"Research exercise":

This semester there will be three options to satisfy the final research project:

1. Teams of 4-5 students will give a lecture on a specific quantum information topic (mostly systems for quantum computing, e.g., trapped ions, superconductors, semi-conductors, etc.). I will have a fairly structured breakdown of material to be included (e.g., intro material, gate techniques, algorithms, decoherence effects and error correction, and challenges to scalability). The presentations will be given the last 3 weeks of the course. Grades will be based on individual presentations and the group as a whole. More details, and how to sign up, will be forthcoming.

2. Most of the remaining students will individually write a paper (~PRL length) on a topic of mutual interest, based on 4-5 relevant articles (including one very recent one from the quant-ph archive). Again, I will give further guidelines later.

3. Starting this year we will explore a new option, an extended programming project using one of the online "cloud" quantum processors. More details to come.



I have chosen as "required text" the book Quantum Computation & Quantum Information by Michael Nielsen and Isaac Chuang. It provides a rather comprehensive overview of quantum computation and quantum communication, including much of the theoretical background you should know, though it is definitely focused more on the theoretical underpinnings than on experimental implementations. I intend to give reading assignments and some problems out of it (starting on HW#3). However, it is not really appropriate for the first part of the course -- the basic quantum optics that underpins much of the latter development of quantum information. Therefore, in addition, every week I will assign several papers, relevant for the week's discussion. These will usually be of some "historic" importance, i.e., papers that anyone in the field should have read at some point, or “new results” papers, to discuss recent progress in the field.  You should plan to read all these; you might not always follow all the pieces (since we will be covering far too broad an area for full understanding of every aspect of every piece), but will hopefully glean the relevant information.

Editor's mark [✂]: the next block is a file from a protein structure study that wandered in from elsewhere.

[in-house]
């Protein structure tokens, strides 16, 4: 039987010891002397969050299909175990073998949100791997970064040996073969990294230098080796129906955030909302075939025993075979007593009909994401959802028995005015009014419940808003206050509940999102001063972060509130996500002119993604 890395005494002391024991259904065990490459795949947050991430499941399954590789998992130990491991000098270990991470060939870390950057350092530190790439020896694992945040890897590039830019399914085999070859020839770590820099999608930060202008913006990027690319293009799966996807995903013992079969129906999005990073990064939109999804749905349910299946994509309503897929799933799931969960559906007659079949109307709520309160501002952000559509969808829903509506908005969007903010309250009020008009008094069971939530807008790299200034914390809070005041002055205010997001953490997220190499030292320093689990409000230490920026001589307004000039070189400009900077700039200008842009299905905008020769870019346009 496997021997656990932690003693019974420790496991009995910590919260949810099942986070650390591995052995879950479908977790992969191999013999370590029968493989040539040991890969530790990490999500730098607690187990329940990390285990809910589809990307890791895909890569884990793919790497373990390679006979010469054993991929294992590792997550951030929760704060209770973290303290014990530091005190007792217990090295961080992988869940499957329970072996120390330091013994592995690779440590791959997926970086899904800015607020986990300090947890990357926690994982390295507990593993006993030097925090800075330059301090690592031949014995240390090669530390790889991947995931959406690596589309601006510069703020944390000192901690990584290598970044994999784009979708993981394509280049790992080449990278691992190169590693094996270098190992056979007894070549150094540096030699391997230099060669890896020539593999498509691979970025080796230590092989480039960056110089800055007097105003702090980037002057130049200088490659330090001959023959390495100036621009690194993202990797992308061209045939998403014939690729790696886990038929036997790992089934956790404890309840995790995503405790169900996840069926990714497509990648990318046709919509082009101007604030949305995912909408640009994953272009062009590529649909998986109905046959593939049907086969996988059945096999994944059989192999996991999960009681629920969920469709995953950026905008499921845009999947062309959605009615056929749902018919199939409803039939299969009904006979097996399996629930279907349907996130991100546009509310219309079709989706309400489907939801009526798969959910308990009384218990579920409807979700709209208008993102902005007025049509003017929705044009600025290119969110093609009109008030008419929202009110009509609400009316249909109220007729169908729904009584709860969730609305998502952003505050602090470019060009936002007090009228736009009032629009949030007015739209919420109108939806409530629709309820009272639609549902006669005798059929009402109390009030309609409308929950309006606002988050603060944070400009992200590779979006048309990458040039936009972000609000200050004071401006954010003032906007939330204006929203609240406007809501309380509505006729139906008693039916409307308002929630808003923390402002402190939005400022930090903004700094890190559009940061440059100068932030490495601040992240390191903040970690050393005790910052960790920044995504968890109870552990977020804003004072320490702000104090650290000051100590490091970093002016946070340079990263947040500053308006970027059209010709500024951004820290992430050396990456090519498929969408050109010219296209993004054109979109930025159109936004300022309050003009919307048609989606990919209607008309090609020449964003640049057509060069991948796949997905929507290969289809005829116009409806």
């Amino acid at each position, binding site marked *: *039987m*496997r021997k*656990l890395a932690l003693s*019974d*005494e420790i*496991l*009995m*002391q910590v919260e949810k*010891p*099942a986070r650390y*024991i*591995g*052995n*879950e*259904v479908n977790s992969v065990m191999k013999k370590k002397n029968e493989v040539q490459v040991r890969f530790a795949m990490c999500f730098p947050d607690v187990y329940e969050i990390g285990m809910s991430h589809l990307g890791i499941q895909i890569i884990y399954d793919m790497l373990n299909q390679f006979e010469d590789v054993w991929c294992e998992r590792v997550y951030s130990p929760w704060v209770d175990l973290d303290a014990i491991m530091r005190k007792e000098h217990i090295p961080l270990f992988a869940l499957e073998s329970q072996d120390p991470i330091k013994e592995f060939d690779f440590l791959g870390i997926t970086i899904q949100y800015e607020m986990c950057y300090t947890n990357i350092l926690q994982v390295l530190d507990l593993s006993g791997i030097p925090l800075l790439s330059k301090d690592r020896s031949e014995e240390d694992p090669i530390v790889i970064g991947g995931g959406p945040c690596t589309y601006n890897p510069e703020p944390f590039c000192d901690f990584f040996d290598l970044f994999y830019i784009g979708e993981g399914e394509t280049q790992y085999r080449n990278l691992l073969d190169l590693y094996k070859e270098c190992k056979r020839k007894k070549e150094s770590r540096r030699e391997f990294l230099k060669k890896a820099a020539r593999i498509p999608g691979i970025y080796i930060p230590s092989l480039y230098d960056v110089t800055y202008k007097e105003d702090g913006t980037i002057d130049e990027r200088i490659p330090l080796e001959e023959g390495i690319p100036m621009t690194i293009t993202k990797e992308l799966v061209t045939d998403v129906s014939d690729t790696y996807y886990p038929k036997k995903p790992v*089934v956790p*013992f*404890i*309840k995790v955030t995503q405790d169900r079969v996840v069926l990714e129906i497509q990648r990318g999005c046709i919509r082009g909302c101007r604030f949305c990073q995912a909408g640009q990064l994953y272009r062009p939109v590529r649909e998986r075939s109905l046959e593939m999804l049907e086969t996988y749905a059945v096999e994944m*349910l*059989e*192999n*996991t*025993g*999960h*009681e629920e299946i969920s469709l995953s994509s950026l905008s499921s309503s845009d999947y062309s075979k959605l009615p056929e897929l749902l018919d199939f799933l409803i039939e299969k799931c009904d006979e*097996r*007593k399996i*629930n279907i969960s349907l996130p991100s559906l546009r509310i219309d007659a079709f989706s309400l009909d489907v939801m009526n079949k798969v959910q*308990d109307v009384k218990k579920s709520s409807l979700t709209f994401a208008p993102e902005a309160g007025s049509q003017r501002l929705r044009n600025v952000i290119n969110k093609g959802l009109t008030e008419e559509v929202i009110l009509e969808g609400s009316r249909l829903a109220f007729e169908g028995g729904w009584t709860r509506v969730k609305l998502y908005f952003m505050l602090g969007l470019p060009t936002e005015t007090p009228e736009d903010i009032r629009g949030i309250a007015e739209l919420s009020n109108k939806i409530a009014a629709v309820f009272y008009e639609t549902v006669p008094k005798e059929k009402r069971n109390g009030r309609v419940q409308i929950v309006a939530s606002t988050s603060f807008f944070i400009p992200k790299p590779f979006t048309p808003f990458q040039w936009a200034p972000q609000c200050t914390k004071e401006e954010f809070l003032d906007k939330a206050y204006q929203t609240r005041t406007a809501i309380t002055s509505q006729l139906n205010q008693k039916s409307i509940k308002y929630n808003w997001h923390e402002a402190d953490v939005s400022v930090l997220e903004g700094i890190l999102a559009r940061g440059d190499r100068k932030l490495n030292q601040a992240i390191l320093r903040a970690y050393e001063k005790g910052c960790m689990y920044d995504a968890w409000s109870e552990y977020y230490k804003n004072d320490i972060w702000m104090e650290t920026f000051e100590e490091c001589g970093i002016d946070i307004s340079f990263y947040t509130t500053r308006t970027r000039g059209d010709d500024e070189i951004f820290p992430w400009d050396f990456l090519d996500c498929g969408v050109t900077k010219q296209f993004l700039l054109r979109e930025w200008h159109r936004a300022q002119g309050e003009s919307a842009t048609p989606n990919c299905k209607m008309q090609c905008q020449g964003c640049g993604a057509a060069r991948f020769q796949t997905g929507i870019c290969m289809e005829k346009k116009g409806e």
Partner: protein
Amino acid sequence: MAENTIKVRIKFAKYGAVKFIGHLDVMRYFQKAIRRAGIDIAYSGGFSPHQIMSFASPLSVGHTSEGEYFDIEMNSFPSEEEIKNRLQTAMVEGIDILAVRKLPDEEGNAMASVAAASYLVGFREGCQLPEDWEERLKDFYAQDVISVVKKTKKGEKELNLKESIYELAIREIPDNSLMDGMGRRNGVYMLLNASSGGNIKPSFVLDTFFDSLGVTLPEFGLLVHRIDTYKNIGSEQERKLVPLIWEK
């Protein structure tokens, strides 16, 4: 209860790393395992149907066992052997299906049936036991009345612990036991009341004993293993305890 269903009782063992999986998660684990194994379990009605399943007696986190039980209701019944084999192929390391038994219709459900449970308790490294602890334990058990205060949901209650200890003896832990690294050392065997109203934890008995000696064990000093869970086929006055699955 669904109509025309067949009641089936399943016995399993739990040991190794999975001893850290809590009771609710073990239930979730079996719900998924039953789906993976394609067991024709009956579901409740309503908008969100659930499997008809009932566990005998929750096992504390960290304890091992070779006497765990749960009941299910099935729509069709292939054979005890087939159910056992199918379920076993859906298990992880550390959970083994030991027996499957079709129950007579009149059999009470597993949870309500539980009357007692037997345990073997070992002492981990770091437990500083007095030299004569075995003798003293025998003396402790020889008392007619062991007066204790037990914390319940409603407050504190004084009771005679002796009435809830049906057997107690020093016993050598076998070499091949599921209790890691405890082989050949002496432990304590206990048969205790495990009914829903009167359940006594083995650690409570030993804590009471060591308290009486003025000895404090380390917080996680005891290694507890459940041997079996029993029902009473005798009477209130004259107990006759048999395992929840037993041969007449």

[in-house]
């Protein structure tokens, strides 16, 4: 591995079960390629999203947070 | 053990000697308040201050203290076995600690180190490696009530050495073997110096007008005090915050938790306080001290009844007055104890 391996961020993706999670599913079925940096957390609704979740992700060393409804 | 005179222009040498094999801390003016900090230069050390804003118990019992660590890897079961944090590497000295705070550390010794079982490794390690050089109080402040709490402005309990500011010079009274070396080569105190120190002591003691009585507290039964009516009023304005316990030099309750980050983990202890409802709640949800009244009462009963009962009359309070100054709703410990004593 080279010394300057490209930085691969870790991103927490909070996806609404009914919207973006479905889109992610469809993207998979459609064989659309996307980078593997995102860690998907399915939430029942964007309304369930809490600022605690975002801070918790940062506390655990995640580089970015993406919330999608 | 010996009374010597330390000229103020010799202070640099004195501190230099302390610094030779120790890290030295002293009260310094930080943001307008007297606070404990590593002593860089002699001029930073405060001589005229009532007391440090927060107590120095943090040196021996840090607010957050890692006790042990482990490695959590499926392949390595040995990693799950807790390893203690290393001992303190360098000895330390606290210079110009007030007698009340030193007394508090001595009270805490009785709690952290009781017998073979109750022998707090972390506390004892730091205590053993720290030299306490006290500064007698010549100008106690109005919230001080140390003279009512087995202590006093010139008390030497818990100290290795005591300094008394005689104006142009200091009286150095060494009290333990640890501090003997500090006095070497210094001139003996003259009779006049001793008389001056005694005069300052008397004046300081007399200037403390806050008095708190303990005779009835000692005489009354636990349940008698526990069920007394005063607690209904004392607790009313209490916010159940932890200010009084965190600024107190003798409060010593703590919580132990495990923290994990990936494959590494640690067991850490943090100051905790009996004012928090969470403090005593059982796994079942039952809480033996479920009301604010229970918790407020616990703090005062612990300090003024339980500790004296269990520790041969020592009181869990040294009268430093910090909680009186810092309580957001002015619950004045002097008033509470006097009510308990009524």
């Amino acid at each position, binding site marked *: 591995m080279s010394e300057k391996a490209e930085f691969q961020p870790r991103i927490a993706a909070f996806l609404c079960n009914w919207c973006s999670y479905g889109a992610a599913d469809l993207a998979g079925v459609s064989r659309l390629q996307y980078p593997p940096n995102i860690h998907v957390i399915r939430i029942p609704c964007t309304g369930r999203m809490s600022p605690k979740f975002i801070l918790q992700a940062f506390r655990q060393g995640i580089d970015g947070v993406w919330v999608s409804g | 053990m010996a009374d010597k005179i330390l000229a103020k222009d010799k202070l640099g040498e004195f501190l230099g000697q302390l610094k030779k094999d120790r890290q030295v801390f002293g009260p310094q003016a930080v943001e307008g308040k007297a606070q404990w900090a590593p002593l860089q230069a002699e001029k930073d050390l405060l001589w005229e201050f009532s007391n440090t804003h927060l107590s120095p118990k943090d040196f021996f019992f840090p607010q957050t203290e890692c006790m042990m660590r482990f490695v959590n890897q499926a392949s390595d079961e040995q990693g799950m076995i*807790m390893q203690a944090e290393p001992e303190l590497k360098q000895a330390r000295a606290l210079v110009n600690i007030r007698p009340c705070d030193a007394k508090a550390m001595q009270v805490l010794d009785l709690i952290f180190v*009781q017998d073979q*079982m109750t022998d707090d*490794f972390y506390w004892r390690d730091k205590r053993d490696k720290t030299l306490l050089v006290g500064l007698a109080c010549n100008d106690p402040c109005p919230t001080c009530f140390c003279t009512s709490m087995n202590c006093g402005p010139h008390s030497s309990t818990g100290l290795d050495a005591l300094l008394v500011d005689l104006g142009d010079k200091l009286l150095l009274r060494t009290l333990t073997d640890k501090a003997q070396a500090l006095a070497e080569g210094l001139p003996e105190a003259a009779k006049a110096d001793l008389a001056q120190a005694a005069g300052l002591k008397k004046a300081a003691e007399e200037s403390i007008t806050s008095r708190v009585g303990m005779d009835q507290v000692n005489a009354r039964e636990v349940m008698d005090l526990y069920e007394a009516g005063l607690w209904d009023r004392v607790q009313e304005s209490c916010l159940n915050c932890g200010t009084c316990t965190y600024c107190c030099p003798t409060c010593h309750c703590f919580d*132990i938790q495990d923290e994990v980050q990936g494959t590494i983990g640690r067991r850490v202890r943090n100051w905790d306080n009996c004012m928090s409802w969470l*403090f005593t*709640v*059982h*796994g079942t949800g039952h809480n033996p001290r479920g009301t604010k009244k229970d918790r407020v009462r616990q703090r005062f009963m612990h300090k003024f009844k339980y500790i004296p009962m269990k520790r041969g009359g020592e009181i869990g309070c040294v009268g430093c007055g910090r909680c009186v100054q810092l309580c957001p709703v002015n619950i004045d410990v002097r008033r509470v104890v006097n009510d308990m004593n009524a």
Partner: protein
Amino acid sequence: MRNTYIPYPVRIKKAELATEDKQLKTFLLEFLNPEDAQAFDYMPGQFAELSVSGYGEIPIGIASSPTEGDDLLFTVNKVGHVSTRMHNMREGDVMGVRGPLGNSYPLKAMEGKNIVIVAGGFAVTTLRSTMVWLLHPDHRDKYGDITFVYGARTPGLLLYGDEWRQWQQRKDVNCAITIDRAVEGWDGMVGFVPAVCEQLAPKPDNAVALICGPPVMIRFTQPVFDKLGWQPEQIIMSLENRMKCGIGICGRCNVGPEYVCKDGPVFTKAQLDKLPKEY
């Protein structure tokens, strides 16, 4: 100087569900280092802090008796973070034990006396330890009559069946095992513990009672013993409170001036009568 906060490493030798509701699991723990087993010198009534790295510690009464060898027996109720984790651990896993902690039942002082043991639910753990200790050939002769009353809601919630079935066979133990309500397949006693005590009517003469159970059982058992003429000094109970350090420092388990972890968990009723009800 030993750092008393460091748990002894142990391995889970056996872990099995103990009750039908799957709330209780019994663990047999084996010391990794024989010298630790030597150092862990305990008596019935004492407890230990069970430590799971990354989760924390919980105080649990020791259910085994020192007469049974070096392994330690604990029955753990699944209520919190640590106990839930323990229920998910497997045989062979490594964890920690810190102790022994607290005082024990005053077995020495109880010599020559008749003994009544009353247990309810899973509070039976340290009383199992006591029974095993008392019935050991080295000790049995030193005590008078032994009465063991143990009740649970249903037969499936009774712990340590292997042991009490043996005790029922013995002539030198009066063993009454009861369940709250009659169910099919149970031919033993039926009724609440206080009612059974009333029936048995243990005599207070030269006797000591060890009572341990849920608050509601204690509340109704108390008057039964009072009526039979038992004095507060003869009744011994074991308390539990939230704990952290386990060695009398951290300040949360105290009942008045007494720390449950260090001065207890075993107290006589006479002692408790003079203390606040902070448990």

Additional texts:

There are a number of additional references that you may find helpful, enlightening, or just plain fascinating! The main one I recommend, which focuses on the experimental side of quantum information (though, being 19 years old, it is now quite out of date!), is:

"The Physics of Quantum Information", eds. D. Bouwmeester, A. Ekert, and A. Zeilinger, Springer (2000).

Another which is readily available are the course notes from a somewhat similar course by Professors John Preskill and Alexei Kitaev at CalTech. These may be downloaded free of charge from:


Several others are held on reserve at the library (numbers in parens are the required 'call numbers', which you will need at the desk):

Lo, H., Spiller, T., & Popescu S., Introduction to Quantum Information. (004.1 In83)

Mandel, L. & Wolf, E., Optical Coherence & Quantum Optics. (535.2 M312O)

Wheeler, J.A. & Zurek, W. H., Quantum Theory. (530.12 Q258)

The Physics of Quantum Information, eds. D. Bouwmeester, A. Ekert, and A. Zeilinger, Springer (2000). (004.1 P569)

Michael Nielsen and Isaac Chuang, Quantum Computation & Quantum Information  (511.8 N554q)